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Great Lakes Article:

Fighting to Protect Ontario’s Highest Waterfall

Case against federal government reaches Federal Court of Appeal

06/25/2002

Toronto – A trapper from northern Ontario is going up against some heavyweights starting today at the Federal Court of Appeal. John Lavoie is taking on three Ministries of the federal government, a power company and a First Nations group to protect Twin Falls - Ontario’s highest wilderness waterfall.

Mr. Lavoie, who has trapped, fished and camped near the Falls for more than 30 years, alleges the federal government broke the law when it approved a hydroelectric project on the Kagiano River, north of Lake Superior, four years ago. The issue has been making its way through the justice system ever since.

"If it weren’t for concerned citizens like Mr. Lavoie, the federal government wouldn’t be held accountable for breaking the law," said Michelle Campbell, Director of Citizen Support at Environmental Defence Canada, a national group supporting Mr. Lavoie.

After the environmental review of the hydro project began, Mr. Lavoie made more than 20 requests to the federal government for specific documents. He was concerned that the review did not include critical information - such as seasonal flow rates of the river - and that once built it would cause massive destruction of fish habitat. Under the Canadian Environmental Assessment Act, the government is obliged to provide the public with access to all relevant documents about environmental reviews.

The federal government stalled Mr. Lavoie for six months, until he took legal action. By that time, the government had approved the project and Kagiano Power Company had started construction.

The project is now operational. It has reduced Ontario’s highest waterfall to a mere trickle, and destroyed thousands of square metres of fish habitat. The Kagiano River was a popular route for wilderness canoe trippers.

"The federal government clearly failed in its obligation to provide the public with timely access to information about the environmental review," said Rodney Northey, Birchall Northey, the Toronto law firm representing Mr. Lavoie. "If the government had allowed public participation, it may have done a better job of protecting the Falls and the fish."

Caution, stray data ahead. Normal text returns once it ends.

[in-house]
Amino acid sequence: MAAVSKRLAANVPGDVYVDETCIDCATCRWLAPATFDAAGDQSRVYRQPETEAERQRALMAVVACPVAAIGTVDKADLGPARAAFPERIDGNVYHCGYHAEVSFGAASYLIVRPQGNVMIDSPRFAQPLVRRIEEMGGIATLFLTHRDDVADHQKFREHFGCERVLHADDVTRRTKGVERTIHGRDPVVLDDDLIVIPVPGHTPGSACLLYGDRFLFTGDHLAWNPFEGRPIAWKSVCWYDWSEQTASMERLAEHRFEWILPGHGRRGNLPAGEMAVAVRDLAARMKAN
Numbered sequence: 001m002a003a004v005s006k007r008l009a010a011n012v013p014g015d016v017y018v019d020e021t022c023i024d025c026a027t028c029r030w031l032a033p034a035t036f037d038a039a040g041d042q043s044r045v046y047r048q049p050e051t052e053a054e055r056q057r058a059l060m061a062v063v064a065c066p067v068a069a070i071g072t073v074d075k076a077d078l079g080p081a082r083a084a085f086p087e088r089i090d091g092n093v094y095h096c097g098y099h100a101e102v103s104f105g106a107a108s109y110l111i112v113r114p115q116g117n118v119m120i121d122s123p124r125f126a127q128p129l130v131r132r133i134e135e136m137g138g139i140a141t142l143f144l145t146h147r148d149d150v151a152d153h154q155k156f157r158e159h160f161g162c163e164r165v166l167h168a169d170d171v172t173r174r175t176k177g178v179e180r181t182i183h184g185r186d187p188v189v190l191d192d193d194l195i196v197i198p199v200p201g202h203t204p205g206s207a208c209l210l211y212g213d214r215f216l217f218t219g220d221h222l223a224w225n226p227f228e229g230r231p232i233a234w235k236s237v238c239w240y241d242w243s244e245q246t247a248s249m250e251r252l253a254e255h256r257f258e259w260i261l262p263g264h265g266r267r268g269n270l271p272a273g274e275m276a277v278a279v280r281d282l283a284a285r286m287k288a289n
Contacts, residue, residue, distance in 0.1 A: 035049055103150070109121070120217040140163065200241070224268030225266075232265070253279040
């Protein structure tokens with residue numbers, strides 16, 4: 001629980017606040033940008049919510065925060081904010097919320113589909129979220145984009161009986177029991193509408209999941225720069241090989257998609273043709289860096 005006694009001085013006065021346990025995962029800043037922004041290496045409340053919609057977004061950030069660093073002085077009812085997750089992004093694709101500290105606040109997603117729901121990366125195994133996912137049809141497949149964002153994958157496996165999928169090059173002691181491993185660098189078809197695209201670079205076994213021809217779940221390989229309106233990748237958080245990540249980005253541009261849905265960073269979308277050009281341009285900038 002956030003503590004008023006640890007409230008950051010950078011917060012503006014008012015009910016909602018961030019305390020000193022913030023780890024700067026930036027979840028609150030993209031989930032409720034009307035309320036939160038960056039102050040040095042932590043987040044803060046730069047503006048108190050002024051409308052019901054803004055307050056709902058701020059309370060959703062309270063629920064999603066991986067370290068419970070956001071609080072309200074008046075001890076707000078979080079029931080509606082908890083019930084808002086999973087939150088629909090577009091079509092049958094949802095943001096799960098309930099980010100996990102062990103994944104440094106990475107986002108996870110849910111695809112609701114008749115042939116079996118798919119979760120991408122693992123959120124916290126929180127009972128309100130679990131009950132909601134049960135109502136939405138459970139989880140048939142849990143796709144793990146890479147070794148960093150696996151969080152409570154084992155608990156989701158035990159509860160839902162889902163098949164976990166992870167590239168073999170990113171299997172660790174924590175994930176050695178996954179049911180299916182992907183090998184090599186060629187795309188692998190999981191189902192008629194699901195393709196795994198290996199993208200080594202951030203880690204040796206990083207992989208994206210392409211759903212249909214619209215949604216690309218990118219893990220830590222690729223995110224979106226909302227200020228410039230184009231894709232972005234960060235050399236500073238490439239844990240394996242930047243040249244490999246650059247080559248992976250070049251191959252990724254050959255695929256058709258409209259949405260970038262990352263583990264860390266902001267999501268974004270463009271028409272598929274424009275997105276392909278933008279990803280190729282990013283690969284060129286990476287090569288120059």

The federal government also failed to study how the project would affect fish and fish habitat in the Kagiano River. The Department of Fisheries and Oceans relied on unsubstantiated assumptions about the fish population in the area and how much habitat would be lost.

"If we sort out what went wrong with this hydro project, then we can make sure such a disaster doesn’t happen again," said John Lavoie. "There are many more proposals for hydro projects in the North. Let’s get this first one right."

The Federal Court ruled against Mr. Lavoie in July, 2000, leading to the appeal. The trial judge also ordered Mr. Lavoie to pay the legal costs of the power company and the government.

Mr. Lavoie is asking the Federal Court of Appeal to reverse the trial judge’s decision, and to throw out the federal approvals for the hydro project.

About Environmental Defence Canada

Founded in 1984, Environmental Defence Canada (www.edcanada.org) gives Canadians the tools and knowledge they need to protect and improve the environment and their health. Environmental Defence Canada was previously known as the Canadian Environmental Defence Fund.

Since its founding, Environmental Defence Canada has provided some $6 million in assistance to citizen’s groups across Canada. The organization supports several groups fighting to protect their natural heritage.

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For more information, please contact:

Jennifer Foulds, Communications Coordinator, Environmental Defence Canada

(416) 323-9521

Rodney Northey, Birchall Northey, counsel for John Lavoie

(416) 860-1412

Please note: John Lavoie will be in Toronto for the appeal, and is available for interviews through Rodney Northey’s office.

 

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